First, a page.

Monday, November 06, 2006
But what is it?
Thank you to everyone who emailed me or left a comment (Thanks, Keri!) asking about the biopsy results. The biopsy came back as not cancer and not a drug reaction. Iam extremely grateful and relieved that it is not cancer related. All of the information I read on that subject was very dismal to say the least. So now, what is it? I have done exhaustive and extensive research on this issue. I have no delusions of being a doctor, but I do know I am a researcher. The doctor respectfully listened while I shared my research about the link between the horrid itchy leg rash, hormone (likely progesterone) imbalance, and thyroid condition (all worsened by the chemo and ongoing Tamoxifen). I even described how I can chart the itchiness with my cycle (peaking when the progesterone should be at its highest). When I was all done sharing my research I waited patiently for his response.

*crickets*

That is it. He simply looked at me while his mind raced feverishly through his encyclopedic dermatologic knowledge. I think even the street traffic below stopped and the earth fell totally silent (with the exception of the crickets apparently). My primary care doctor had the same reaction. It is a reaction that says, “She may have something here, but it is totally over my head” (or as we teach our students presenting their research, “That is an excellent point, but unfortunately it is outside the scope of my research.”). He paused, turned his head in such a way that the sun coming through the window glistened against his radiant and seemingly ageless skin, and told me to continue using the ointment for one more week then taper down to three times a week and then as needed to keep the condition under control. Oh, and don’t forget to moisturize. Oh ye of perfect skin, thank you for trivializing this persistent sanity challenging condition with a reminder to moisturize. Why didn't I think of that?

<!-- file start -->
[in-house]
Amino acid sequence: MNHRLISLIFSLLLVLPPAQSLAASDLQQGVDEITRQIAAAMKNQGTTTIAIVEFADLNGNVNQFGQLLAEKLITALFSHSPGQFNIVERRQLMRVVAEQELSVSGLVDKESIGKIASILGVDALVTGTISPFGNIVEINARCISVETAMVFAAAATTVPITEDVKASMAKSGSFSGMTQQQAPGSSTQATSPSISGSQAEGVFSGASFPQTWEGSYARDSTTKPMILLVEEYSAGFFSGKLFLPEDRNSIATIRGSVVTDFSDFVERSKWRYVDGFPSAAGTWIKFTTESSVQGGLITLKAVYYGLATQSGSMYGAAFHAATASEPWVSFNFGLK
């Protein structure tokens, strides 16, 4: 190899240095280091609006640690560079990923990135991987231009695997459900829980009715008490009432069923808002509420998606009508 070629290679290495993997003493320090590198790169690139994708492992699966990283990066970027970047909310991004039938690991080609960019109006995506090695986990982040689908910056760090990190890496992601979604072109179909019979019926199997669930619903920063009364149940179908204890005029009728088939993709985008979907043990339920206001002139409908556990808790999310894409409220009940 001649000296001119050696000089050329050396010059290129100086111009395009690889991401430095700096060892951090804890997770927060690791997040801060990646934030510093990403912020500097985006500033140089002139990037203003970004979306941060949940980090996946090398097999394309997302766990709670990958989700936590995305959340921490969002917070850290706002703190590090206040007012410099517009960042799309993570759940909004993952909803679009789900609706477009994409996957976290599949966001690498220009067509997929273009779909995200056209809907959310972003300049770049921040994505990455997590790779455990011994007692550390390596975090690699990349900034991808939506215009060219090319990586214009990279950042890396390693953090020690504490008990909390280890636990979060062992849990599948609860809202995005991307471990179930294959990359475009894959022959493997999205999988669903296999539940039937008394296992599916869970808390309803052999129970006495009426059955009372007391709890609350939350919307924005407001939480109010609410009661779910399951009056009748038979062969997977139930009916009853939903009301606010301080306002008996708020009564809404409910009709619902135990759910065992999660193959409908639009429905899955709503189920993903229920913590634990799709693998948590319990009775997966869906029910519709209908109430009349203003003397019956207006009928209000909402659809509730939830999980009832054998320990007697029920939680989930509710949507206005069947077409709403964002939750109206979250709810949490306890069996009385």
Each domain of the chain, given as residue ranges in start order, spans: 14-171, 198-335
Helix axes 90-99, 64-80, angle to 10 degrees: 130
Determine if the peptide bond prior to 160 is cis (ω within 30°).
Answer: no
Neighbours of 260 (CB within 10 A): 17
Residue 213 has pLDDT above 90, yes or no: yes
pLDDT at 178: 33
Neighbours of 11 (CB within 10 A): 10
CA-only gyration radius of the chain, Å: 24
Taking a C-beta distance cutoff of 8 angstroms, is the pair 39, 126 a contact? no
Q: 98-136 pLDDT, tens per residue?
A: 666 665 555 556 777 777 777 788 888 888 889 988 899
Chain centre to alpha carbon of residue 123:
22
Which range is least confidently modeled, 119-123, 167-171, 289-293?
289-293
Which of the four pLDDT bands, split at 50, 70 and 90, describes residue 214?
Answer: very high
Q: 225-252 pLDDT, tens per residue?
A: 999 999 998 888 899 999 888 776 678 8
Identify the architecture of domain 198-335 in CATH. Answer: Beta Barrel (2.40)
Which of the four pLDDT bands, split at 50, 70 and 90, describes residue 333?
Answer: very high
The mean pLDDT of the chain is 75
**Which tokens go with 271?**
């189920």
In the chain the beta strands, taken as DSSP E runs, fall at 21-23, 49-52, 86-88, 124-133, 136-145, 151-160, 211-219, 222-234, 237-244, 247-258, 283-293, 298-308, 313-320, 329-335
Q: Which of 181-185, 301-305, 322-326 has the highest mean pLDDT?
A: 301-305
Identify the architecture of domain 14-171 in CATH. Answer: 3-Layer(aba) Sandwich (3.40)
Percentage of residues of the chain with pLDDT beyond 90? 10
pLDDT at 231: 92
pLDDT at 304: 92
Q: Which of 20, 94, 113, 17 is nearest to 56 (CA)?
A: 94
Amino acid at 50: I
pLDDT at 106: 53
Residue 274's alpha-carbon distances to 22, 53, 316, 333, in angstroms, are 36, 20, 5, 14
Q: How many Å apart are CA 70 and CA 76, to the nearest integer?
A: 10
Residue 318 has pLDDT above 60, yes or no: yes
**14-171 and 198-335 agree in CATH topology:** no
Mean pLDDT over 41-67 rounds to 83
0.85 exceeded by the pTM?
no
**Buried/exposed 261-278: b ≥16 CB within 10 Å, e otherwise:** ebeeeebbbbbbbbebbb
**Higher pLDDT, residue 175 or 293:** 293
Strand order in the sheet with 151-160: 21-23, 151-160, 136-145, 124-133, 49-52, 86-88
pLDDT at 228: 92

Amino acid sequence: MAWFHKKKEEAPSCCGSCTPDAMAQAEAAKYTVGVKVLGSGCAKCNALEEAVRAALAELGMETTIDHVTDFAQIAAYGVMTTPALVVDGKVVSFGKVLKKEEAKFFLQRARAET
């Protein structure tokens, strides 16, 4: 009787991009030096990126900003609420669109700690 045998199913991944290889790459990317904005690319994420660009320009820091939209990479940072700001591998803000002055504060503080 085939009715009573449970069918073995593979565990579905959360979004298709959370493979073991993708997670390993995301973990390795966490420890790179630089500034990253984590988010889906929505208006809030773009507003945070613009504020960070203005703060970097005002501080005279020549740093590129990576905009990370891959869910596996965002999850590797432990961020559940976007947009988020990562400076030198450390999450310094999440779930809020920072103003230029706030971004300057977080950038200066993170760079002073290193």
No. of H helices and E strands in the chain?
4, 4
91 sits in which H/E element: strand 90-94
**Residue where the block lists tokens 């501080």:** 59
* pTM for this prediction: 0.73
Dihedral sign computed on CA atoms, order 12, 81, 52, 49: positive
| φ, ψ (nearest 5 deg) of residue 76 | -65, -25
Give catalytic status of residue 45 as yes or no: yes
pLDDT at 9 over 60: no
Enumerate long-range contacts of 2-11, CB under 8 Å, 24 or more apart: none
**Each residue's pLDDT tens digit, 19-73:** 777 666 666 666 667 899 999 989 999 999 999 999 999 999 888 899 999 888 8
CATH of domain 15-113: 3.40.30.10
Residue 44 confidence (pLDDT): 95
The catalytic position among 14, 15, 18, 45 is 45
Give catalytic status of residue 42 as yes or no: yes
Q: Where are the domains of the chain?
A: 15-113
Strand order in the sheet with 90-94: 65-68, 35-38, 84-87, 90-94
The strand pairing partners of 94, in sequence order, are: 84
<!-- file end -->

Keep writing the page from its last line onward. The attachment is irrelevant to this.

I know, I know, it is a lot of drama for a rash when babies are starving in India and getting HIV in Africa. I am just tired of living with it and having to hide my legs. It is one more thing keeping this cancer experience from being in the past (tsk tsk, when will I learn that it will *never* be a thing of the past?). As I told the doctor, I am seeing a primary care doctor, a dermatologist, a gynecologist, and an endocrinologist and I don’t know which one will be able to put all the pieces together and figure this out for me. Three down, one to go. My concern is that if this condition persists and we simply treat the symptoms, then I remain somewhat vulnerable since I had hormone sensitive cancer.

Anyone know a good medical researcher? At this point I’ll just settle for a good bartender.
Written by Jeannette Vagnozzi
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Name: Jeannette
Location: Southern California, USA

This is my story about being diagnosed with breast cancer at age 39. I thought I was out of the woods, but four years late it came back. This is my quest to be a two-time survivor.

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    "Be joyful in hope, patient in affliction, faithful in prayer." Romans 12:12